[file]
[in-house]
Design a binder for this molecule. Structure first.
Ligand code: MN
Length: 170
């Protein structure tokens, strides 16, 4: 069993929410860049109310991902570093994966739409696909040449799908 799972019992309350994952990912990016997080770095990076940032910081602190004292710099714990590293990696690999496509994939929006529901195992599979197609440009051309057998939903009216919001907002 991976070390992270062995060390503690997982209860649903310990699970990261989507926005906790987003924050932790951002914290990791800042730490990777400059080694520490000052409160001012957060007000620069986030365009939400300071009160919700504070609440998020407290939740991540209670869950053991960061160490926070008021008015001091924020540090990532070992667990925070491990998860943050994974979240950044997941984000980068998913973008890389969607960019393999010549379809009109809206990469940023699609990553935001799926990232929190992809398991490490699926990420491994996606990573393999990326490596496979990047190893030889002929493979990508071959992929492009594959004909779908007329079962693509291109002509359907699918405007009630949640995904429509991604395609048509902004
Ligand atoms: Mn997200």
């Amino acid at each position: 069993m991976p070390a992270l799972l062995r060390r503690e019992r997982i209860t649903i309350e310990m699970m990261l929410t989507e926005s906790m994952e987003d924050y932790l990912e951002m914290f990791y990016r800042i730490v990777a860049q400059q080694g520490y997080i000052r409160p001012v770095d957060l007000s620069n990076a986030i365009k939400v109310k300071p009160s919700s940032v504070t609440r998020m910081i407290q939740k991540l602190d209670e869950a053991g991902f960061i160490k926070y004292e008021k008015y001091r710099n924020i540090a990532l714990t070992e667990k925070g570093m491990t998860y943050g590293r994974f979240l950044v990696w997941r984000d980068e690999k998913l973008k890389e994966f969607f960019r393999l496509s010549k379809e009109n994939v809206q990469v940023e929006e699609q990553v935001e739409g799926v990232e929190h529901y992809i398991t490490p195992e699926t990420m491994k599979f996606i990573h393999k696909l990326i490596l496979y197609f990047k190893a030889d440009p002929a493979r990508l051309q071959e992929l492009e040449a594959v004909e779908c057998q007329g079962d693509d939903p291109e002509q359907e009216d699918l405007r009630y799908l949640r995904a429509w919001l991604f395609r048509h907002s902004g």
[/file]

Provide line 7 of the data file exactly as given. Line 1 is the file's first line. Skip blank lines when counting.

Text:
């Amino acid at each position: 069993m991976p070390a992270l799972l062995r060390r503690e019992r997982i209860t649903i309350e310990m699970m990261l929410t989507e926005s906790m994952e987003d924050y932790l990912e951002m914290f990791y990016r800042i730490v990777a860049q400059q080694g520490y997080i000052r409160p001012v770095d957060l007000s620069n990076a986030i365009k939400v109310k300071p009160s919700s940032v504070t609440r998020m910081i407290q939740k991540l602190d209670e869950a053991g991902f960061i160490k926070y004292e008021k008015y001091r710099n924020i540090a990532l714990t070992e667990k925070g570093m491990t998860y943050g590293r994974f979240l950044v990696w997941r984000d980068e690999k998913l973008k890389e994966f969607f960019r393999l496509s010549k379809e009109n994939v809206q990469v940023e929006e699609q990553v935001e739409g799926v990232e929190h529901y992809i398991t490490p195992e699926t990420m491994k599979f996606i990573h393999k696909l990326i490596l496979y197609f990047k190893a030889d440009p002929a493979r990508l051309q071959e992929l492009e040449a594959v004909e779908c057998q007329g079962d693509d939903p291109e002509q359907e009216d699918l405007r009630y799908l949640r995904a429509w919001l991604f395609r048509h907002s902004g």